Until recently, other scientists have been reluctant to recognize the theorized relationship between biodiversity and ecosystem functioning, as the findings have not been validated in un-manipulated settings – meaning, out in nature. Critics argued that these experiments used only small subsets of species, that they were conducted in very controlled (and thus unnatural) conditions, and that they only examined effects on ecosystems over relatively short time periods. A public back-and-forth played out in commentaries and responses published in forums like the quarterly Bulletin of the Ecological Society of America in the early 2000s, pushing ecologists to design better experiments that addressed these flaws.
Now, J. Emmett Duffy from the Smithsonian Institute and his colleagues from the University of Michigan have corroborated the effects of biodiversity on ecosystem functioning "in the wild" in a study published in September. They did this with an impressive meta-analysis of 67 studies and over 623,000 individual sampling locations, most in aquatic, grassland, and forest habitats.
They found that, across the board, there was a strong positive association between the number of species in an ecosystem and it's observed productivity (the growth rate of all living things in the system) – and that the effect of biodiversity alone is just as strong as the effect of environmental factors. That is, the number of species living in an area was just as important to its health as the greater environmental conditions. In a forest ecosystem, for example, this means that the diversity of trees in the system is as important in determining the forest's productivity as light or water availability are. This is a pretty stunning result when you consider the fact that without either water or light, a forest would quickly disappear.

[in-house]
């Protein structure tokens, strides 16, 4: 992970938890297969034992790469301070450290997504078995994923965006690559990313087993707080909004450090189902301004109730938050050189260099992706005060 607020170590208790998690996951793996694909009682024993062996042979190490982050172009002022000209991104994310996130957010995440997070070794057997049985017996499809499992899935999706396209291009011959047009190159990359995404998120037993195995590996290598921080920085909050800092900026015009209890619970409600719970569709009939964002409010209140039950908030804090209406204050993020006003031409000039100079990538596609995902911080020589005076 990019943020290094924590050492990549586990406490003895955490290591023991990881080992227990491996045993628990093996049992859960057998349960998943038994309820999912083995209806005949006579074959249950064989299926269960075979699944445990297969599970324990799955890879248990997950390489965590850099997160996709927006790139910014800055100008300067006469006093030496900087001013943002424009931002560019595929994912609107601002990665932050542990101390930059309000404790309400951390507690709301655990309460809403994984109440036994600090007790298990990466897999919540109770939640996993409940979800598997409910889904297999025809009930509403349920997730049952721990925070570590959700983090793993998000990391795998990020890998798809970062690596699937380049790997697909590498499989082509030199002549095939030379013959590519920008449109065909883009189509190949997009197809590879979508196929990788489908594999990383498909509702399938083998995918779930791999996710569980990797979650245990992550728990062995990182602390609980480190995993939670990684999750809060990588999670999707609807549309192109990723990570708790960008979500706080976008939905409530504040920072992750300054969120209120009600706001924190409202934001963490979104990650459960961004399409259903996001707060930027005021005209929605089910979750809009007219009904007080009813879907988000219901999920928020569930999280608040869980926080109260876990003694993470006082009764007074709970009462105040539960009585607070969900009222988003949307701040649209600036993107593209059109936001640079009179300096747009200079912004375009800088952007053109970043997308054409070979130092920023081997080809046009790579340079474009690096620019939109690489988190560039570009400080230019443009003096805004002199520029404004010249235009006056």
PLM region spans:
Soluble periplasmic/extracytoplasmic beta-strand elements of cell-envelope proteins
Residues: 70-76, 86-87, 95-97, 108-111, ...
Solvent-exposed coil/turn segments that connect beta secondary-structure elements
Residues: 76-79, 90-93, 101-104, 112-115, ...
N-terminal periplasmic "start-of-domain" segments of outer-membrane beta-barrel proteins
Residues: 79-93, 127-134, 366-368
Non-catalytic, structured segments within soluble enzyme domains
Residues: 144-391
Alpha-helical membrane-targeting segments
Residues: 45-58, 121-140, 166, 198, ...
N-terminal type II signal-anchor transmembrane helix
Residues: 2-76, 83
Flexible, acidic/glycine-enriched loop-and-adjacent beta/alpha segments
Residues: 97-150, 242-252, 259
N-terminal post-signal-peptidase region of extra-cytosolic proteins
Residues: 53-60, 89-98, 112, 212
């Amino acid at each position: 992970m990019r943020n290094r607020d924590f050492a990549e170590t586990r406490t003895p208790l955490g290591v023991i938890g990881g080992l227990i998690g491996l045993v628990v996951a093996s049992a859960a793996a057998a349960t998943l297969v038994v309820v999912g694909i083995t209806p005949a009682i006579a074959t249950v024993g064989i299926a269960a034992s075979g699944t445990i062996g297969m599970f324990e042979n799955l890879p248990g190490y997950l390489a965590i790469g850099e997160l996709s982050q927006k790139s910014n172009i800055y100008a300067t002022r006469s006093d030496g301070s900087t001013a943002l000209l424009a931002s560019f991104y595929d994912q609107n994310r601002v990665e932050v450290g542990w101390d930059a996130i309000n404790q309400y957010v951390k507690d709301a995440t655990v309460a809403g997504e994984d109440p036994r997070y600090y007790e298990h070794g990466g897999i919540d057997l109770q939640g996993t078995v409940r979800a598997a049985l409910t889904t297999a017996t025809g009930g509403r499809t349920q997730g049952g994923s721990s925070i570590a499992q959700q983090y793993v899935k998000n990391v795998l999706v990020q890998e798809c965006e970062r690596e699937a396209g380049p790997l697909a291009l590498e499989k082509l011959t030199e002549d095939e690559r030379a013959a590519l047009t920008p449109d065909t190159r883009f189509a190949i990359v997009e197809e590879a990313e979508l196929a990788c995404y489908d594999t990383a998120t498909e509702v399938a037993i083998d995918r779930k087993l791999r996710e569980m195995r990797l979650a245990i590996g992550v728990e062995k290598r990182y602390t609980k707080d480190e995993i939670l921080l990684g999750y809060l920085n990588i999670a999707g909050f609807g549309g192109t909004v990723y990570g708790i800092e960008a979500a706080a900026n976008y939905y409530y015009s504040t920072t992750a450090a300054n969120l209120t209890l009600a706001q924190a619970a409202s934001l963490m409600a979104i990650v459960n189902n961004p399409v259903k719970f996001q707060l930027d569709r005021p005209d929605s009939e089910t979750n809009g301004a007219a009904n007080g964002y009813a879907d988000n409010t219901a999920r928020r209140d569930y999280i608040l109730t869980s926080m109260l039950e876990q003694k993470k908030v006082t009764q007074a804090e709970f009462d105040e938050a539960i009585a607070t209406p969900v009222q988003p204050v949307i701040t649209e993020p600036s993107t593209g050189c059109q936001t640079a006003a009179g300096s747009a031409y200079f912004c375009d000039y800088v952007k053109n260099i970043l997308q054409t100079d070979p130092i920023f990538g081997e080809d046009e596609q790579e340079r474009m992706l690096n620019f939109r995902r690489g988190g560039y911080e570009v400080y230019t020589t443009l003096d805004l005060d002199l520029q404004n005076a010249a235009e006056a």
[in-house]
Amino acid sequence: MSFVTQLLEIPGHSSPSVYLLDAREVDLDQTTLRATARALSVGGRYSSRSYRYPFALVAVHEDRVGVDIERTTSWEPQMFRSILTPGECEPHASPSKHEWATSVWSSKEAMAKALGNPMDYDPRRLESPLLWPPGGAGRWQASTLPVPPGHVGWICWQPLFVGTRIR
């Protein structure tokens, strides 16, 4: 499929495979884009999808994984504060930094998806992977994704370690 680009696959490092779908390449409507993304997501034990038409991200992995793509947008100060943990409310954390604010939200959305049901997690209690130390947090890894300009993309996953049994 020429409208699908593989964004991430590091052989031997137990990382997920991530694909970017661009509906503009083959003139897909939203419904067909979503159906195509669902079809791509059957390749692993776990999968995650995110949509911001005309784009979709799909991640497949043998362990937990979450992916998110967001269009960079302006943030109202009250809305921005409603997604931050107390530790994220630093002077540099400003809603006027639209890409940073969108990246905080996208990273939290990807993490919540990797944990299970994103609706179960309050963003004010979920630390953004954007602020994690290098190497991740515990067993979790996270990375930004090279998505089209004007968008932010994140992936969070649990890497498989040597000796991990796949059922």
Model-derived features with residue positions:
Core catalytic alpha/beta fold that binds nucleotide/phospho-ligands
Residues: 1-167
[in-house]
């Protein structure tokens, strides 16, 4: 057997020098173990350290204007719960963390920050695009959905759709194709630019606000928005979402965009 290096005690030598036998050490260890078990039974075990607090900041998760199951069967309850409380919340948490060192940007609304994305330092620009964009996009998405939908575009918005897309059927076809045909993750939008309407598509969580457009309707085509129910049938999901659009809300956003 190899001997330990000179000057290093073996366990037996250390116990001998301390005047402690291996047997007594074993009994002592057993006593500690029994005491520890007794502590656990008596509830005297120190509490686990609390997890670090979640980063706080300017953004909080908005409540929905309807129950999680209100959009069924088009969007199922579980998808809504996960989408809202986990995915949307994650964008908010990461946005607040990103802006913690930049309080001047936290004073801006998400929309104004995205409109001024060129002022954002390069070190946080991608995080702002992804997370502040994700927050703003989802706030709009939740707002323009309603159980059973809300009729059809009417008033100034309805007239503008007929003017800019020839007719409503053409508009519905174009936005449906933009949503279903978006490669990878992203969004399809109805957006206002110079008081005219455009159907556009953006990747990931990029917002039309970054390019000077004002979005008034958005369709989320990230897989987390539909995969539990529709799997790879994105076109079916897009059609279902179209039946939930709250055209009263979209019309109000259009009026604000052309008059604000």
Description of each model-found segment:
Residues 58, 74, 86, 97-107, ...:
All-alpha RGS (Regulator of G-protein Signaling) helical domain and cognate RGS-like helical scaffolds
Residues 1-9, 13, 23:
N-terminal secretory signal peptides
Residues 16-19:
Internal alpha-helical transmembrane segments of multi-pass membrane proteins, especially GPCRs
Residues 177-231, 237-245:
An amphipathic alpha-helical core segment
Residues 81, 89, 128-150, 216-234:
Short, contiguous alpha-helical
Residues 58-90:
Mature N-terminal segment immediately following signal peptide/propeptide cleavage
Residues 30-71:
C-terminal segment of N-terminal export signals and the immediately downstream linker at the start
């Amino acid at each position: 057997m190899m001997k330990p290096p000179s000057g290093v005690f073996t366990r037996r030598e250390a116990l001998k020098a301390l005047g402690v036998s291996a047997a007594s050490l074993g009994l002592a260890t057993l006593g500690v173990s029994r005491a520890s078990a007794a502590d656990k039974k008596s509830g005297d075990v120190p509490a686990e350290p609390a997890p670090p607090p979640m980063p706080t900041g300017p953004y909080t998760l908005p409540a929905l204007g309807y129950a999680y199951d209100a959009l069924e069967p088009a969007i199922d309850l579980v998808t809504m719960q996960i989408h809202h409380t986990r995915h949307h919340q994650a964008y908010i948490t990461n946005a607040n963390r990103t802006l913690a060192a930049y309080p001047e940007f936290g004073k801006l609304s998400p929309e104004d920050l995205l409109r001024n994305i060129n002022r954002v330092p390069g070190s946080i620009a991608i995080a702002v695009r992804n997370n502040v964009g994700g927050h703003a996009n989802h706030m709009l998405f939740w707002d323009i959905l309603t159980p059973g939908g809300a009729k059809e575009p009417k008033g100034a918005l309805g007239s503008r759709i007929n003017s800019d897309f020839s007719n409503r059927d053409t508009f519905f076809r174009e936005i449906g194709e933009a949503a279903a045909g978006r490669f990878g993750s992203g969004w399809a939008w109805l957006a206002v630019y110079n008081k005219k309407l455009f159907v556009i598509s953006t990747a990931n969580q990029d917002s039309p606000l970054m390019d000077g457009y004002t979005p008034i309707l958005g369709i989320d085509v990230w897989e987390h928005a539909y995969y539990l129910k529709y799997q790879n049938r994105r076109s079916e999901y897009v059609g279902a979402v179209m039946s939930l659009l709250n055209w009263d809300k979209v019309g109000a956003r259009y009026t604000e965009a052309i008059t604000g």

If diverse ecosystems are more productive than their species-poor equivalents, protecting biodiversity leads to more efficient nutrient and water cycling, more carbon dioxide sequestered in seagrass and trees, and more connected food webs to maintain the top predators and large herbivores that have come to symbolize wild nature to many people. More diverse ecosystems that contain a variety of species with different characteristics are also more resilient to change than systems with just a few species.
Protecting biodiversity is a major investment in our future because it provides us with the goods and services that we need to survive. Without plants and animals, we would have to engineer solutions to challenges like water filtration and pollination that existing species provide to us for free. And finally, maintaining species-rich ecosystems means having an insurance policy against ecological changes. Diversity will not prevent all of the predicted negative effects of climate change and habitat loss, but protecting as many species as we can provides a buffer that may well help us adapt and mitigate the worst of it.
The evidence is now clear. The next challenge is to get it integrated into public policy, and we can't afford to wait another two decades.
Danbee Kim: I appreciate that the author level-headedly accepts that some people need to be convinced to protect the natural world – and that she proceeds with a clear summary of how researchers tackled the challenge of studying how biodiversity affects an ecosystem's function. I also love the re-framing done by the "biodiversity-ecosystem functioning" subfield of ecology research, a great example how a small tweak to initial assumptions can reveal fresh insights, concretize experimental goals, and inspire new research approaches. This article is also a great example of communicating the value of biodiversity in clear and evocative language, which I hope will help convince anyone still on the fence about protecting the natural world.